Saturday, April 02, 2011

Marvel Worldwide, Inc. et al v. Kirby et al - Declaration of Joe Sinnott

Here's the fourth in a series of five declarations from the Marvel vs Jack Kirby's estate court case.  Over the next few days I'll be posting all of the declarations - the next entry will be the declaration of Gene Colan and you can read the declarations of Dick Ayers, Neal Adams and Jim Steranko by clicking on their names.

Joe Sinnott is one of the most famous of all of Jack Kirby's collaborators, even shading Joe Simon in most people's eyes.  The general consensus is that Kirby was poorly served by having inkers of varying skills and abilities working over his pencils when he started at Marvel in the late '50s and early '60s.  This was due to the fact that Kirby was producing more work than any one inker could handle, and anyone who could ink was assigned to him - the list included very capable talents such as Paul Reinman, Don Heck, Dick Ayers, Mike Esposito, Christopher Rule, Vinnie Colletta and many more.  However when Sinnott came to Marvel and offered his services, he was quickly assigned to Kirby and the results spoke for themselves.  Joe Sinnott was also an able pnciler, and his work on Thor is often overlooked.  But still, mention Joe Sinnott and people will think, Jack Kirby and Fantastic Four.

I, Joe Sinnott, hereby declare as follows:
I am familiar with the facts set forth below and make this declaration of my own personal firsthand knowledge in support of defendants' motion for summary judgement and defendants' opposition to plaintiffs' motion for summary judgement.
I first began working as a comic book artist soon after I began my studies in 1949 at the Cartoonists and Illustrators School, which later became the School of Visual Arts, in New York City, on the G.I. Bill. Tom Gill, an instructor at the school, asked me to act as his assistant on his freelance comics work. I drew backgrounds and incidentals on Gill's Western comic books published by Dell Comics.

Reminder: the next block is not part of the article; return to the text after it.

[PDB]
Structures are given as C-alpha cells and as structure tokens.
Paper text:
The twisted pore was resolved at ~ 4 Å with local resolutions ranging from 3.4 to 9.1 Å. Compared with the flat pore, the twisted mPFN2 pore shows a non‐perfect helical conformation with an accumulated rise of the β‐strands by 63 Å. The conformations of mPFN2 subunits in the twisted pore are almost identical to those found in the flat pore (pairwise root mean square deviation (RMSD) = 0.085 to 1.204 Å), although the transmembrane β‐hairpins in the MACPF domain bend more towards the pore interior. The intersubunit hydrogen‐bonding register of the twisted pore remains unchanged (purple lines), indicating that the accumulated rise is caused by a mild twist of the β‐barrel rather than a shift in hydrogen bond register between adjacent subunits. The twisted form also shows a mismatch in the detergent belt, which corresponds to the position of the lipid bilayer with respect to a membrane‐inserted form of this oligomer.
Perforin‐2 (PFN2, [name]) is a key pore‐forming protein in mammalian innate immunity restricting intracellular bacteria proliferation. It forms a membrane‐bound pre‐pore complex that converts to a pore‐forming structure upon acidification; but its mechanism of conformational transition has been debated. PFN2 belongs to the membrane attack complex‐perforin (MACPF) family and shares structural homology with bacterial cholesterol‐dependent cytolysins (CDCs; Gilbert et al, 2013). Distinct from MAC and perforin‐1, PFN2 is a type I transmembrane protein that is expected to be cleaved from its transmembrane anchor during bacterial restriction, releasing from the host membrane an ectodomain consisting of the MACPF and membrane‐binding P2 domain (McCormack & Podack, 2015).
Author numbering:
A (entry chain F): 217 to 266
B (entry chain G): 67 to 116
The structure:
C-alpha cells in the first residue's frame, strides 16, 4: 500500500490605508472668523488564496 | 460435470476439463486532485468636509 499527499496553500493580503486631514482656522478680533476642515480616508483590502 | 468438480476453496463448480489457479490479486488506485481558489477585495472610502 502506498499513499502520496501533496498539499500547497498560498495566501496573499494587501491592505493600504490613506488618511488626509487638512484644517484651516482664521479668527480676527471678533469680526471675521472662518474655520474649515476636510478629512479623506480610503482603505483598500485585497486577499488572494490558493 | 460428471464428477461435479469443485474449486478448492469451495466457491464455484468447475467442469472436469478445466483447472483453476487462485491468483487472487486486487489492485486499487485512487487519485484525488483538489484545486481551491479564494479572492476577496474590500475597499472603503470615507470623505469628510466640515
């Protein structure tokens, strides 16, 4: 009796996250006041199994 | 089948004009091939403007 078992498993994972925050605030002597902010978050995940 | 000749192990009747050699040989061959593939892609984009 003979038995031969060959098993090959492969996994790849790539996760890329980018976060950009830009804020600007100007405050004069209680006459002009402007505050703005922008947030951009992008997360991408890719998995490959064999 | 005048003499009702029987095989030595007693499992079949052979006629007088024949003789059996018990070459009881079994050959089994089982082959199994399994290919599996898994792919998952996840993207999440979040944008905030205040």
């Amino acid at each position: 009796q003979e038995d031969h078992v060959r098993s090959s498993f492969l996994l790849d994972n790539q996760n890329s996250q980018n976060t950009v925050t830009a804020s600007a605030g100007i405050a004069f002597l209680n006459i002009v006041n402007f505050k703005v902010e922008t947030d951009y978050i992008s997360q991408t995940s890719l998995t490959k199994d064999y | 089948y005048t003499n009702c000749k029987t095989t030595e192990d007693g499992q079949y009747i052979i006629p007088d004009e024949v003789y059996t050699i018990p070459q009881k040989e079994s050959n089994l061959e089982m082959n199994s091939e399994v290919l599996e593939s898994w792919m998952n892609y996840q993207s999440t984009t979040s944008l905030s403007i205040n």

I then branched out on my own. For my first professional solo art job, I drew the feature Trudi for issue No. 12 of the humor comic "Mopsy" (September 1950). I made contact with Stan Lee at Timely Comics (a.k.a. Atlas Comics), which is what the company generally was called before it became Marvel Comics, and I began drawing and selling freelance artwork to Timely. During the 1950s and 1960s, I created artwork for hundreds of stories and comic book covers published by Marvel, including for "Adventures into Terror" (February 1952 to February 1954), "Strange Tales" (June 1952 to October 1959, March 1962 and December 1965), "Arrowhead" (April 1954 to November 1954), "Battle" (March 1954 to March 1955, February 1958, April 1958, and February 1959 to October 1959), "Wild Western" (June 1954 to December 1954 and May 1957 to July 1957), "Navy Combat" (June 1955 to October 1956), "Journey into Mystery" (July 1955 to January 1960 and March 1962, April 1962, and March 1963 to September 1963), "World of Fantasy" (February 1959 to August 1959), "Tales of Suspense" (March 1959 to November 1959), "Tales to Astonish" (March 1959 to November 1959, March 1963 and April 1963), "Strange Tales Annual #2" (1963), "Journey into Mystery Annual #1" (1965), "Fantasy Masterpieces" (February 1966 and August 1966), "Thor Annual #2" (1966), and "Marvel Tales" (July 1967 to November 1967).